For our second evaluation activity, Mareena and I evaluated OIL module 6: ‘Searching for Information’. In this module, students are taken through a step-by-step process showing how to analyse a topic and develop a search strategy to find relevant information, identify the principle resources for information used in academic study, and use search techniques to effectively find information. I know several of our staff at Otago Polytechnic direct their students to the OIL modules, and Module 6 is often used as a preparation exercise before going to the library for a hands-on with library staff. Then they have the online module to refer back to for reference.

The first thing I thought we needed to do was to put together a quick framework that we could evaluate this resource against. This included presentation (layout, readability etc), organization of content (logical sequence, chunking, navigation, links work, etc), resources and activities (information relevant and current, activities are appropriate and engage users, etc), support and help for users (clear guidelines/instructions provided, etc), and overall effectiveness of the module.

Our evaluation findings have already been posted to Mareena's blog, but I'll add them here for completeness.

Overall we agreed it was an effective learning object with a thoughtful design, easy to use interface, and useful resources.

The aims of lessons were clearly outlined at the very beginning of the module. The site allowed optimum readability with sufficient white space. There weren’t any long scrolling pages. The format was uncluttered and colour and fonts were used effectively and consistently. The writing style was clear and easy to understand. At the end of each lesson there were interactive quizzes to complete that provided instant feedback. This sequence was repeated for all lessons.

Lessons were organized in non threatening way with small chunks of information followed by graphic demos and animations which made the comprehension easier. Specific terminologies appeared in purple with a definition when the mouse hovered over the word/phrases. In addition there was also a glossary page at the end of the module.

The navigation menu appeared on the left hand side on each page offering a choice for the learners to complete the lessons at his/her discretion without following a linear order. There were graphical navigation buttons at the end of each page which allowed the learners to go back and forth from the lessons. There was also a handy print option available for selected pages or the whole module.

Issues / concerns:

We found some of the instructions were not very clear. For example, it was suggested there was a 'Help' for each search tool but it wasn't clear whether this was to be found in the module itself or in a real library search.

Some demos took a long time to download and Mareena lost interest and navigated away from the page, possibly because she was using a dial up connection. I’m on broadband and had no difficulty doing any of the activities or viewing any demos. We wondered if this problem was picked up during initial evaluations of the modules. If these modules were intended to be accessible to a wide range of learners then it needed to avoid slow downloads.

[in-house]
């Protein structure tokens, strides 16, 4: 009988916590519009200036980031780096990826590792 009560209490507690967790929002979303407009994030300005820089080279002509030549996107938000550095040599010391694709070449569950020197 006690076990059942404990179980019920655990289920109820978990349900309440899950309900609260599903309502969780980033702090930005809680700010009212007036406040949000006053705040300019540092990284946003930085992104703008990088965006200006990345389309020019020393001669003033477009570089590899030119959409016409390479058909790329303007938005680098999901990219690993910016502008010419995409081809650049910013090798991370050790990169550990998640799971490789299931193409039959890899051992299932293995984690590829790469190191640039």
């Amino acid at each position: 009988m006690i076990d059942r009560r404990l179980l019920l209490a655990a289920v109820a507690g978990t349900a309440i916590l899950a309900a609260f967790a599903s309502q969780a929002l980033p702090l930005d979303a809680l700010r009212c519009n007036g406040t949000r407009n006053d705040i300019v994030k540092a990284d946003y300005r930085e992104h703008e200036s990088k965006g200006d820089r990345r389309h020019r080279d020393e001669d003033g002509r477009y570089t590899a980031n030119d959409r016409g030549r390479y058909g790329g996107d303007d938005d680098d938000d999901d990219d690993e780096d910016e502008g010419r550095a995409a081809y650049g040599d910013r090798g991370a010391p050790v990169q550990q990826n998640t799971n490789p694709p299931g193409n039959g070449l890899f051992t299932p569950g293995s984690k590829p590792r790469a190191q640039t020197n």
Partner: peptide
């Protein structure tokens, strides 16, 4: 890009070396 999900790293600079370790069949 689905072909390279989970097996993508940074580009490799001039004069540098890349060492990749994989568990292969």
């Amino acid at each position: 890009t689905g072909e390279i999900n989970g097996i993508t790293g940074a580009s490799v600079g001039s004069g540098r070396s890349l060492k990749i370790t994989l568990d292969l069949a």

Lack of visual and audio technologies were obvious in the site. Highlighted terminologies with definition could have been much better if sound was attached to them. The option of listening to instructions could have been appealing to auditory learners. Catering for a variety of learning styles would help the learners to engage in the lessons. Incorporating different media types such as sound is something to consider in the future.

The module was very big and it would take a couple of hours to work through it. At the last elluminate session Alex commented that the learning units they develop take no more than 20 minutes to work through, in line with users attention spans.

Some sections are very specific to Otago University library services. The searching skills gained in this module should easily transfer to searching any library, but for novice learners it could be quite confusing. All the modules can be edited and republished (guidelines are provided in the Springboard module), so if this resource was to be used extensively in a particular setting it could be worthwhile customizing these with examples from your own library, although Bronwyn suggested this would require a bit of technical know-how to accomplish.

EeL4EP: A case study

One of our first tasks in the evaluation course gave us an opportunity to have a look at a case study and get a taste of what evaluation is all about. I hooked up with Mareena for this exercise.

We looked at the Engineering Mechanics case study.

Here's the questions and responses.

What are the key issues?

Is eLearning appropriate for these students? Do they have the required abilities and skills? What support and training would students need to access and use eLearning resources.

He has limited time for developing interactive online resources but has found an online resource that looks useful. Does this resource provide knowledge and/or skills that will be useful for the job?

How can the problem be solved? What strategies can be used?